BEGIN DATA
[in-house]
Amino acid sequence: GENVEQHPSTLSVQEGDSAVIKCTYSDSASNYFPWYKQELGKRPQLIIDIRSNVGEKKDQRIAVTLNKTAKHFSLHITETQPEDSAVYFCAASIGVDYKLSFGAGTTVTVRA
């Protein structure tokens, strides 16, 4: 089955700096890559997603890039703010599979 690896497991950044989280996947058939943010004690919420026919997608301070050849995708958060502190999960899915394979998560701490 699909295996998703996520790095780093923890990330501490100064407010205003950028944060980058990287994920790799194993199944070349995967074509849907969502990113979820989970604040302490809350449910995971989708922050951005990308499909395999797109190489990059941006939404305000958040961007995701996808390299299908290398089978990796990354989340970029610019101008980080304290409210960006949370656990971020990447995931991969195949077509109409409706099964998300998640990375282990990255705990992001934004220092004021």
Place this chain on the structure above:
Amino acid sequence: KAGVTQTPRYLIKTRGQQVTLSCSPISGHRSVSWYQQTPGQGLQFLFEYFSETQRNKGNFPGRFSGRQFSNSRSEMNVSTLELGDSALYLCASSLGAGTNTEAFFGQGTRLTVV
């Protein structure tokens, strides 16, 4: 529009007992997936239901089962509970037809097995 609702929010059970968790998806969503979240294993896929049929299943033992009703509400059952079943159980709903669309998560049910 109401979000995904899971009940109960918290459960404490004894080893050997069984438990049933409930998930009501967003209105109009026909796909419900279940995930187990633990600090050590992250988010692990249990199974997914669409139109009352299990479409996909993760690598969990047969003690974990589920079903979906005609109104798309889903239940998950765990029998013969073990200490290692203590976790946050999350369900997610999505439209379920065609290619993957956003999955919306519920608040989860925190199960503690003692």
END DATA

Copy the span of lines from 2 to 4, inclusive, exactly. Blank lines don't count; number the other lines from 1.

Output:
Amino acid sequence: GENVEQHPSTLSVQEGDSAVIKCTYSDSASNYFPWYKQELGKRPQLIIDIRSNVGEKKDQRIAVTLNKTAKHFSLHITETQPEDSAVYFCAASIGVDYKLSFGAGTTVTVRA
């Protein structure tokens, strides 16, 4: 089955700096890559997603890039703010599979 690896497991950044989280996947058939943010004690919420026919997608301070050849995708958060502190999960899915394979998560701490 699909295996998703996520790095780093923890990330501490100064407010205003950028944060980058990287994920790799194993199944070349995967074509849907969502990113979820989970604040302490809350449910995971989708922050951005990308499909395999797109190489990059941006939404305000958040961007995701996808390299299908290398089978990796990354989340970029610019101008980080304290409210960006949370656990971020990447995931991969195949077509109409409706099964998300998640990375282990990255705990992001934004220092004021």
Place this chain on the structure above: